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Church Bulletin Discount: Discrimination or Good Business?

For those interested in how religion and the law intersect, there is a new case to watch for in Lancaster County.

Evidently, a local restaurant, Prudhomme’s Lost Cajun Kitchen, in an effort to generate some extra business, offers a 10 percent discount to anyone who brings in a current “faith bulletin” on Sunday. Although churches traditionally publish bulletins each Sunday, the restaurant, presumably to avoid claims of religious discrimination, offers the discount upon receipt of what they call a “faith” bulletin, which would include bulletins from one’s local synagogue, mosque or other house of worship, as well as a church. It should be noted that one does not actually have to attend a house of worship to secure its bulletin, nor does the restaurant conduct any sort of inquiry into one’s religious beliefs. The discount is obtained upon production of the bulletin, much like a discount being obtained upon producing a coupon.

Despite the restaurant’s efforts to avoid allegations of discrimination, it did not seem to account for a local atheist for whom securing a faith bulletin is either impossible or grievously difficult. Accordingly, about a month ago, 80-year-old John Wolff, who has never patronized the restaurant regardless of the discount at issue (he only learned about the discount through anInternet search of the restaurant after hearing good things about its food), filed a complaint with the Pennsylvania Human Relations Commission on the basis of discrimination against his nonreligion. Additionally, the Freedom From ReligionFoundation, of which Wolff is a member, has issued letters and a telephone call encouraging the restaurant to discontinue is bulletin discount promotion.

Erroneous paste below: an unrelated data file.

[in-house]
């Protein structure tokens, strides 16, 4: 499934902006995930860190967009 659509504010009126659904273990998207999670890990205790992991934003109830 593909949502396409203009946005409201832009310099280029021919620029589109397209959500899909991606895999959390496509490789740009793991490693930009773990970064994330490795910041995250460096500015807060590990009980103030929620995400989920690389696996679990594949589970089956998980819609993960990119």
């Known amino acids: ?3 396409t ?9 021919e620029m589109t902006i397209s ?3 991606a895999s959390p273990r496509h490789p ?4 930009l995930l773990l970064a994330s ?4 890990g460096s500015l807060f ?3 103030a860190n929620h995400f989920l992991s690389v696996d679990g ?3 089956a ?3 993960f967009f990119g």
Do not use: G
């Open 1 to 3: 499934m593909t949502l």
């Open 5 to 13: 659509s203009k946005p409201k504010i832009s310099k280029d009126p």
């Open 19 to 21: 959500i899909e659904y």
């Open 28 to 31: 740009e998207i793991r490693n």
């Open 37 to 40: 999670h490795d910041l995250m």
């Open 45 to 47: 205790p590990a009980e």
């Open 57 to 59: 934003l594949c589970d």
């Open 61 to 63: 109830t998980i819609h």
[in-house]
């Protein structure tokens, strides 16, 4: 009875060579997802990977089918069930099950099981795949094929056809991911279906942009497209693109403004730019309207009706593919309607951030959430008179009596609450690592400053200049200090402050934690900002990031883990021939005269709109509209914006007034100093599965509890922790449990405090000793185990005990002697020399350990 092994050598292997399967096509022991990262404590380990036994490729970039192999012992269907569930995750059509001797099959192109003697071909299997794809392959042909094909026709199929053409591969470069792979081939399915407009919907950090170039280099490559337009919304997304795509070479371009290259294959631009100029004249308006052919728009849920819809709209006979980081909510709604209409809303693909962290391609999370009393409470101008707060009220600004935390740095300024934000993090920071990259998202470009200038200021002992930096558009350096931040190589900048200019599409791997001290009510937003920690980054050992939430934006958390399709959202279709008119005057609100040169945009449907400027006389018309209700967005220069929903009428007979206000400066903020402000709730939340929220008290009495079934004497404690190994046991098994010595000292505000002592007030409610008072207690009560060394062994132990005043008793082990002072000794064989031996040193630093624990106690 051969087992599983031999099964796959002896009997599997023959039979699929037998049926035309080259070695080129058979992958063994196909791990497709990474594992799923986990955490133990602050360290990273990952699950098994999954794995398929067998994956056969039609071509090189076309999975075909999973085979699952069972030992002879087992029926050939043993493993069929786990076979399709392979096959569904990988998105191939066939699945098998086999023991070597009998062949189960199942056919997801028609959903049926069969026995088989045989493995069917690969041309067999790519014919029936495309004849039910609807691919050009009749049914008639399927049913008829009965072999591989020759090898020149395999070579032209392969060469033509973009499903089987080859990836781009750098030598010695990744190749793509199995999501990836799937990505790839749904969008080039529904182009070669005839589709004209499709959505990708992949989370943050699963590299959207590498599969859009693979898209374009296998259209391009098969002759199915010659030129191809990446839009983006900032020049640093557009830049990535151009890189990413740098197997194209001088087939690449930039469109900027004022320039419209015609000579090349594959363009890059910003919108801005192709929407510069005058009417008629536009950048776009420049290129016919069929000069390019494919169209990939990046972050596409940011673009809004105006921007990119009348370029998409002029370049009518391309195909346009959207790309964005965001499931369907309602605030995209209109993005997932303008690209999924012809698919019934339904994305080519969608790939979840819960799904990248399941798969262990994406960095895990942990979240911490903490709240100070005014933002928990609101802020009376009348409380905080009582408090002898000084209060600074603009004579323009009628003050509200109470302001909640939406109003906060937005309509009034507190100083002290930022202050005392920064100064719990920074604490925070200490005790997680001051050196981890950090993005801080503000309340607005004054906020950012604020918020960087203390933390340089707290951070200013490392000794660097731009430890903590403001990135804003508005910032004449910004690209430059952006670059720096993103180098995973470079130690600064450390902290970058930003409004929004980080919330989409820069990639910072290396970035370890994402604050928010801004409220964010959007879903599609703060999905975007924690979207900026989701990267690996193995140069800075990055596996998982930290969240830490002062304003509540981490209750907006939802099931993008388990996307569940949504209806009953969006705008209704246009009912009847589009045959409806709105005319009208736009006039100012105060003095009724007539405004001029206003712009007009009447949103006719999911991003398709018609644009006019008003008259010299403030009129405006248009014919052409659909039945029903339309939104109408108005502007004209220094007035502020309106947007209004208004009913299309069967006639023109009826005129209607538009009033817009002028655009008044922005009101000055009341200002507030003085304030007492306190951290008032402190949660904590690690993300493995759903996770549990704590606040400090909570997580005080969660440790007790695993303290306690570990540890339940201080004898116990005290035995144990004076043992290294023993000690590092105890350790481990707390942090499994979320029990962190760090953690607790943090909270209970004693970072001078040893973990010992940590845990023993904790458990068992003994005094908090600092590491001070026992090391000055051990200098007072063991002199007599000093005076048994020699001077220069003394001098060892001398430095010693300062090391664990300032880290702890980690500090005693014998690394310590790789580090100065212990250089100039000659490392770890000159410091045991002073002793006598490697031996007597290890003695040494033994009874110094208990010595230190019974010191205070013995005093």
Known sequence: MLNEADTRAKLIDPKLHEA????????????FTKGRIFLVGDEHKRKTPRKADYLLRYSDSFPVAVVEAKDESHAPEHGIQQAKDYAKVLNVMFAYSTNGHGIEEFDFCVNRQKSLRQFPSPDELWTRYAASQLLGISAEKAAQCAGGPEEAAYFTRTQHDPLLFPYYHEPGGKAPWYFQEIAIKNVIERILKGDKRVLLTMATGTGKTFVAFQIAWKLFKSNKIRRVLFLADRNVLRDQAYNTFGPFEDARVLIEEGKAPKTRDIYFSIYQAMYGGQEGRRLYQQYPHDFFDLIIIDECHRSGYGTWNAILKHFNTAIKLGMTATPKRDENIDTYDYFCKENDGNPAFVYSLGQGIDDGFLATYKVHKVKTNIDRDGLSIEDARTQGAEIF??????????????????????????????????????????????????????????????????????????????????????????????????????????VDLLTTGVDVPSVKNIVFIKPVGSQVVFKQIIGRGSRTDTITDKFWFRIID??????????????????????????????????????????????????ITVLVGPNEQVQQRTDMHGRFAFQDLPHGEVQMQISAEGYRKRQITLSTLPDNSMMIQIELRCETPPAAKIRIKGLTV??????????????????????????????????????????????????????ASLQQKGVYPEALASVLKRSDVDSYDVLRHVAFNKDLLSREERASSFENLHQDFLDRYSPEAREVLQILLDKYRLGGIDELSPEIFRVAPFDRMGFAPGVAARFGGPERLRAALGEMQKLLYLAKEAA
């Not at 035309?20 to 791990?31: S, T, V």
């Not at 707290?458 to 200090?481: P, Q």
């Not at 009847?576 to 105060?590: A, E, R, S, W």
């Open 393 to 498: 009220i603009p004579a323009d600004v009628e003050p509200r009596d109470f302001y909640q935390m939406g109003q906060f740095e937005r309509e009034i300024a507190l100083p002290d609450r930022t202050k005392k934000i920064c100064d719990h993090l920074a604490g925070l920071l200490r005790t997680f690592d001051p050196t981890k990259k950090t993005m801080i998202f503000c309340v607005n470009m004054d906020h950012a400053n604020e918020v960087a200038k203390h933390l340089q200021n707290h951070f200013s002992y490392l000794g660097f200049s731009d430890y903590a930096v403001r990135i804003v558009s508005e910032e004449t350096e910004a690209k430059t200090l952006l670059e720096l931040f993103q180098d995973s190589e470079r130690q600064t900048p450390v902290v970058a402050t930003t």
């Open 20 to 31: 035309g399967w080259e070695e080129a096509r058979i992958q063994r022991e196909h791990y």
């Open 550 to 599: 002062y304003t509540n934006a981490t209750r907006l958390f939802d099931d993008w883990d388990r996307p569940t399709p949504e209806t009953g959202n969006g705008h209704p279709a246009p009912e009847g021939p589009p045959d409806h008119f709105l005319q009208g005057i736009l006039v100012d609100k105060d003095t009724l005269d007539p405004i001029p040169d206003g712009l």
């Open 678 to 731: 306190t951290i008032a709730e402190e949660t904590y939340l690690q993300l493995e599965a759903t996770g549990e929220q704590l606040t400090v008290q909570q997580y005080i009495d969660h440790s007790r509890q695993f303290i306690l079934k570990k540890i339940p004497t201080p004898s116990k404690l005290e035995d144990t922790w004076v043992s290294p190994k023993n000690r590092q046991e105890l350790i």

In pursuit of his claims, Wolff will likely have to demonstrate how the discount is discriminatory and/or how it is different from discounts offered for children, senior citizens, ladies’ nights or the presentation of a coupon.

Although no legal decision has yet been reached – the matter is still pending before the Pennsylvania Human Relations Commission – the restaurant has not wasted any time in promoting the issue even more than before, likely to the chagrin of Wolff. In addition to continuing to offer the Sunday 10 percent discount upon presenting a faith bulletin, the restaurant is will be selling T-shirts commemorating its “legal battle” (the restaurant’s term) with Wolff.

This matter is still developing and it will be interesting to see how it will continue to unfold.

Originally published on August 7, 2012 in “The Legal Intelligencer Blog” and can be found here.

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One thought on “Church Bulletin Discount: Discrimination or Good Business?

  1. Pingback: A Collection of Law and Religion Writings by James W. Cushing | judicialsupport

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